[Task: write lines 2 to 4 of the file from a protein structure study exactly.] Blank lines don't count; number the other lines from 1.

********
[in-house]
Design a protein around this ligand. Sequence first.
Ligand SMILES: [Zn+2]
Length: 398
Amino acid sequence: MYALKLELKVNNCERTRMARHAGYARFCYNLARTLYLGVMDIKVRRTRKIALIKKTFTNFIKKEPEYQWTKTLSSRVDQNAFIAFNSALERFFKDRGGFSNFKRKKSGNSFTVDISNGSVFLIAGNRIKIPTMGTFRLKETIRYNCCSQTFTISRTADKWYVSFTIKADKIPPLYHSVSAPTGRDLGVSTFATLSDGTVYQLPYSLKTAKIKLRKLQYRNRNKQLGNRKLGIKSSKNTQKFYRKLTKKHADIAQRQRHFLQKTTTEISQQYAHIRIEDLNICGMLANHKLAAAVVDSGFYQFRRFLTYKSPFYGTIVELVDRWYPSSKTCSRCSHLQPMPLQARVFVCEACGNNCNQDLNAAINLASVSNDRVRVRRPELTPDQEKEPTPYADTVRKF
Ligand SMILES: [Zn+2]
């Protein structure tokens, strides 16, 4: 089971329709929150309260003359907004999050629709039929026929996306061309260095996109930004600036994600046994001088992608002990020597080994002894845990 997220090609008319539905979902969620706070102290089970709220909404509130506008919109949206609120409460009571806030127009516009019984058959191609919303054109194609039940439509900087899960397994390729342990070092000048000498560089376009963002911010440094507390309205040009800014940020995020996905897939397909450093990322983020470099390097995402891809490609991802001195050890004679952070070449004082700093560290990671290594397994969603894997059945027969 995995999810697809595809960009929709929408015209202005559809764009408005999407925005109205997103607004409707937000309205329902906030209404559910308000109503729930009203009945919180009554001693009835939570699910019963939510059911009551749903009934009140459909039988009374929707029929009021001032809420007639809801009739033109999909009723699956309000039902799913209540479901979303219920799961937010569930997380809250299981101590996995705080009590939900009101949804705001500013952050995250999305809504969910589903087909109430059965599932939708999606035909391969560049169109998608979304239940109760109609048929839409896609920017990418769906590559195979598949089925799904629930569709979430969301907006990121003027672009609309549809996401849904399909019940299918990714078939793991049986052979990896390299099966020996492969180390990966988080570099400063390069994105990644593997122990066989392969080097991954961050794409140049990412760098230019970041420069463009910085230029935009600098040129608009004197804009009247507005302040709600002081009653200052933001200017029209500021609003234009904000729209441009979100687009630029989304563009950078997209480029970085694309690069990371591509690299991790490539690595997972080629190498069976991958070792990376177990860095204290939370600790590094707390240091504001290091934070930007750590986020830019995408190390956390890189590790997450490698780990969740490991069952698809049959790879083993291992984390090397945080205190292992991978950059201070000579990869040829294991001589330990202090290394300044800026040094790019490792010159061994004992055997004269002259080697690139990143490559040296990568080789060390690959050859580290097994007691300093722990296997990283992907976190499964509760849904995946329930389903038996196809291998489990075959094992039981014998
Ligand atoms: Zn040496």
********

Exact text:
Design a protein around this ligand. Sequence first.
Ligand SMILES: [Zn+2]
Length: 398